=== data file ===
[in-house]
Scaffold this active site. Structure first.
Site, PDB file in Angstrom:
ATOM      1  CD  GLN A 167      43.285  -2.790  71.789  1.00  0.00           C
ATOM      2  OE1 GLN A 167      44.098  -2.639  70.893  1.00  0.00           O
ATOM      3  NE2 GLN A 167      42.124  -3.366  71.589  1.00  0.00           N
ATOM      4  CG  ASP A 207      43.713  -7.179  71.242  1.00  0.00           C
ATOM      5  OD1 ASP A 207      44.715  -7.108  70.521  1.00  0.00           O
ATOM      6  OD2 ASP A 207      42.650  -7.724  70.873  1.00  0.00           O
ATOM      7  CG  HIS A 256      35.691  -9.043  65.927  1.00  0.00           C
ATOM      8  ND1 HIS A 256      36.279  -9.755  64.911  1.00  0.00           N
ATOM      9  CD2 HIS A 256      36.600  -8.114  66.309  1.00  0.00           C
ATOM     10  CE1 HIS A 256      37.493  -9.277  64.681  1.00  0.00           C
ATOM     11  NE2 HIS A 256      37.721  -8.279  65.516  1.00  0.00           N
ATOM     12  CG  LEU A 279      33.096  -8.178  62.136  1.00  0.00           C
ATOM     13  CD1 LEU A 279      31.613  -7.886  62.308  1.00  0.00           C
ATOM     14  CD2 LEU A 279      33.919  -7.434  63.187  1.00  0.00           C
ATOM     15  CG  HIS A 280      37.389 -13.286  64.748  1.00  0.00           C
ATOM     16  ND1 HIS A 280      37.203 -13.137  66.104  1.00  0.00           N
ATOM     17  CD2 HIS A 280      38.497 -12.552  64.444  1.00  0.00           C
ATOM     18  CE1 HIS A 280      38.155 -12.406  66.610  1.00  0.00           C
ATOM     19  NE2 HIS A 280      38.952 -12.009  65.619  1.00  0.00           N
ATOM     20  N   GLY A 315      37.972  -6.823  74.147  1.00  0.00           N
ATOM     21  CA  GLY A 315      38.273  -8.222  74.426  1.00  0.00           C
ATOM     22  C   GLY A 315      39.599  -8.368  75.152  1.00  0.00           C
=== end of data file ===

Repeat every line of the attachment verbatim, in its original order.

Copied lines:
[in-house]
Scaffold this active site. Structure first.
Site, PDB file in Angstrom:
ATOM      1  CD  GLN A 167      43.285  -2.790  71.789  1.00  0.00           C
ATOM      2  OE1 GLN A 167      44.098  -2.639  70.893  1.00  0.00           O
ATOM      3  NE2 GLN A 167      42.124  -3.366  71.589  1.00  0.00           N
ATOM      4  CG  ASP A 207      43.713  -7.179  71.242  1.00  0.00           C
ATOM      5  OD1 ASP A 207      44.715  -7.108  70.521  1.00  0.00           O
ATOM      6  OD2 ASP A 207      42.650  -7.724  70.873  1.00  0.00           O
ATOM      7  CG  HIS A 256      35.691  -9.043  65.927  1.00  0.00           C
ATOM      8  ND1 HIS A 256      36.279  -9.755  64.911  1.00  0.00           N
ATOM      9  CD2 HIS A 256      36.600  -8.114  66.309  1.00  0.00           C
ATOM     10  CE1 HIS A 256      37.493  -9.277  64.681  1.00  0.00           C
ATOM     11  NE2 HIS A 256      37.721  -8.279  65.516  1.00  0.00           N
ATOM     12  CG  LEU A 279      33.096  -8.178  62.136  1.00  0.00           C
ATOM     13  CD1 LEU A 279      31.613  -7.886  62.308  1.00  0.00           C
ATOM     14  CD2 LEU A 279      33.919  -7.434  63.187  1.00  0.00           C
ATOM     15  CG  HIS A 280      37.389 -13.286  64.748  1.00  0.00           C
ATOM     16  ND1 HIS A 280      37.203 -13.137  66.104  1.00  0.00           N
ATOM     17  CD2 HIS A 280      38.497 -12.552  64.444  1.00  0.00           C
ATOM     18  CE1 HIS A 280      38.155 -12.406  66.610  1.00  0.00           C
ATOM     19  NE2 HIS A 280      38.952 -12.009  65.619  1.00  0.00           N
ATOM     20  N   GLY A 315      37.972  -6.823  74.147  1.00  0.00           N
ATOM     21  CA  GLY A 315      38.273  -8.222  74.426  1.00  0.00           C
ATOM     22  C   GLY A 315      39.599  -8.368  75.152  1.00  0.00           C